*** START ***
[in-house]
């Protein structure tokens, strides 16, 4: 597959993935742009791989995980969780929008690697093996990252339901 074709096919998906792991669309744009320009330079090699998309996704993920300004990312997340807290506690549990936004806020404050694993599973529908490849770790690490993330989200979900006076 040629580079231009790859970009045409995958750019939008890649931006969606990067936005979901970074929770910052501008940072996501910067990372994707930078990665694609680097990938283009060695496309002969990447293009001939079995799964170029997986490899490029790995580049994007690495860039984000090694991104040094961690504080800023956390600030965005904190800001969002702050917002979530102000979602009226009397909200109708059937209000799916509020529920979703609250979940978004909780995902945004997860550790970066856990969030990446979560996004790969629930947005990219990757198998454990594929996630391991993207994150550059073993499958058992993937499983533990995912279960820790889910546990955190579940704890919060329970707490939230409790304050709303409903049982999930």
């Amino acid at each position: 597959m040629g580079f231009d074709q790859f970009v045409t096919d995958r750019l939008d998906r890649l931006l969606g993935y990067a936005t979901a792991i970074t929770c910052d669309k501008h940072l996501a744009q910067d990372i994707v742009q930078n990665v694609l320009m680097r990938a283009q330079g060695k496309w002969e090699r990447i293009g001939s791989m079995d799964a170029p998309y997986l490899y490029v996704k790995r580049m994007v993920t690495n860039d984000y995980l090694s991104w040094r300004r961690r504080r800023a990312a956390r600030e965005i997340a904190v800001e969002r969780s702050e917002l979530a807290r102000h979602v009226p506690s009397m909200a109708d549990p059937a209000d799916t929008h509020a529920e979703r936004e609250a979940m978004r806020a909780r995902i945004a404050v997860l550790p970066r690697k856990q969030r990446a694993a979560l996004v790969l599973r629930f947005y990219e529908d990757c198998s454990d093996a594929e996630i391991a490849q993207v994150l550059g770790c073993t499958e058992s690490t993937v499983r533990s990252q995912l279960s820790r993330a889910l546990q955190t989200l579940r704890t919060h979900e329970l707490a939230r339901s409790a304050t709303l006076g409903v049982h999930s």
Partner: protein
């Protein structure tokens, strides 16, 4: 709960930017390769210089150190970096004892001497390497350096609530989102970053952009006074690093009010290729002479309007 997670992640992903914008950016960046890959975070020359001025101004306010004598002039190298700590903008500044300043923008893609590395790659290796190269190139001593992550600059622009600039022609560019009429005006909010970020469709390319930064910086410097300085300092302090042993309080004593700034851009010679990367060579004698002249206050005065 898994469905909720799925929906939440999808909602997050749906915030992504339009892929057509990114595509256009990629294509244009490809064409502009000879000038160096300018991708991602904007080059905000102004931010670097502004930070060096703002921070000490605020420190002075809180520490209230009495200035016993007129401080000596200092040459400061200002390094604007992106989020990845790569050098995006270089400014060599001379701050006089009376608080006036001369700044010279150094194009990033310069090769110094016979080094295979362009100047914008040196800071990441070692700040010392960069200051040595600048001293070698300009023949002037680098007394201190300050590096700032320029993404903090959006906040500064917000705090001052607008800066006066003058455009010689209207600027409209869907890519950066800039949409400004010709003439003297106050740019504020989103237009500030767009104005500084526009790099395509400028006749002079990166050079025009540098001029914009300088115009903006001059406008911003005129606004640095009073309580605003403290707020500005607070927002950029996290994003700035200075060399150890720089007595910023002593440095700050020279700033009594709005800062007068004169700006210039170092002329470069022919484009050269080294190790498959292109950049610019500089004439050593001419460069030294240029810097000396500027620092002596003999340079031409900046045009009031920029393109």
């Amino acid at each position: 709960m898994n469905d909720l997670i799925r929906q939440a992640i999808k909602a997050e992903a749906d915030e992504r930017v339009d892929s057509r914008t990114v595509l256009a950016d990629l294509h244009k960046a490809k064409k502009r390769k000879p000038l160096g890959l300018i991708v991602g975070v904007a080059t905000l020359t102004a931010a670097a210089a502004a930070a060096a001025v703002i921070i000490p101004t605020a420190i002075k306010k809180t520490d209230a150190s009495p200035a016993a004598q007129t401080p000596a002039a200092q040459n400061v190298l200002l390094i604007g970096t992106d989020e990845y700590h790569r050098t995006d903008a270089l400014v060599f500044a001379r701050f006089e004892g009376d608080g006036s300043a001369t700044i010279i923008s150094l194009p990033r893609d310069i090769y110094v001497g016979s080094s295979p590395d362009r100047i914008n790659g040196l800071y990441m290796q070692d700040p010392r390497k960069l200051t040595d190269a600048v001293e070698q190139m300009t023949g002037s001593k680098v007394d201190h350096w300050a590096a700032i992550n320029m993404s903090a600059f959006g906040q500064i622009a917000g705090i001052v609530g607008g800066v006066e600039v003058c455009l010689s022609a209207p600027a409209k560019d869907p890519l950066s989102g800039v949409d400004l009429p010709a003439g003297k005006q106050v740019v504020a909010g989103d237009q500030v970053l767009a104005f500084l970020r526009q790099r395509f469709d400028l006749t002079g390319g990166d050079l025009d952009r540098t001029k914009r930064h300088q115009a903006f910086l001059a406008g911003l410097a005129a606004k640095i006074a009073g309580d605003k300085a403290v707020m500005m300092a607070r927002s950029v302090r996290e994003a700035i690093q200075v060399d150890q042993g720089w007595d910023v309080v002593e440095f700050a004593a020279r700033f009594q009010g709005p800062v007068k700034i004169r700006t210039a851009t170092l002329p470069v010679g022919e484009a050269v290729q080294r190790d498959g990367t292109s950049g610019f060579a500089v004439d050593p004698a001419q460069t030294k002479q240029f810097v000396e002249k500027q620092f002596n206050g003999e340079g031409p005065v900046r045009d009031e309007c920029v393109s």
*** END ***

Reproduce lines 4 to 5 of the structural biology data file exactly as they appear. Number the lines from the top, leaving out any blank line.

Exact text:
Partner: protein
């Protein structure tokens, strides 16, 4: 709960930017390769210089150190970096004892001497390497350096609530989102970053952009006074690093009010290729002479309007 997670992640992903914008950016960046890959975070020359001025101004306010004598002039190298700590903008500044300043923008893609590395790659290796190269190139001593992550600059622009600039022609560019009429005006909010970020469709390319930064910086410097300085300092302090042993309080004593700034851009010679990367060579004698002249206050005065 898994469905909720799925929906939440999808909602997050749906915030992504339009892929057509990114595509256009990629294509244009490809064409502009000879000038160096300018991708991602904007080059905000102004931010670097502004930070060096703002921070000490605020420190002075809180520490209230009495200035016993007129401080000596200092040459400061200002390094604007992106989020990845790569050098995006270089400014060599001379701050006089009376608080006036001369700044010279150094194009990033310069090769110094016979080094295979362009100047914008040196800071990441070692700040010392960069200051040595600048001293070698300009023949002037680098007394201190300050590096700032320029993404903090959006906040500064917000705090001052607008800066006066003058455009010689209207600027409209869907890519950066800039949409400004010709003439003297106050740019504020989103237009500030767009104005500084526009790099395509400028006749002079990166050079025009540098001029914009300088115009903006001059406008911003005129606004640095009073309580605003403290707020500005607070927002950029996290994003700035200075060399150890720089007595910023002593440095700050020279700033009594709005800062007068004169700006210039170092002329470069022919484009050269080294190790498959292109950049610019500089004439050593001419460069030294240029810097000396500027620092002596003999340079031409900046045009009031920029393109």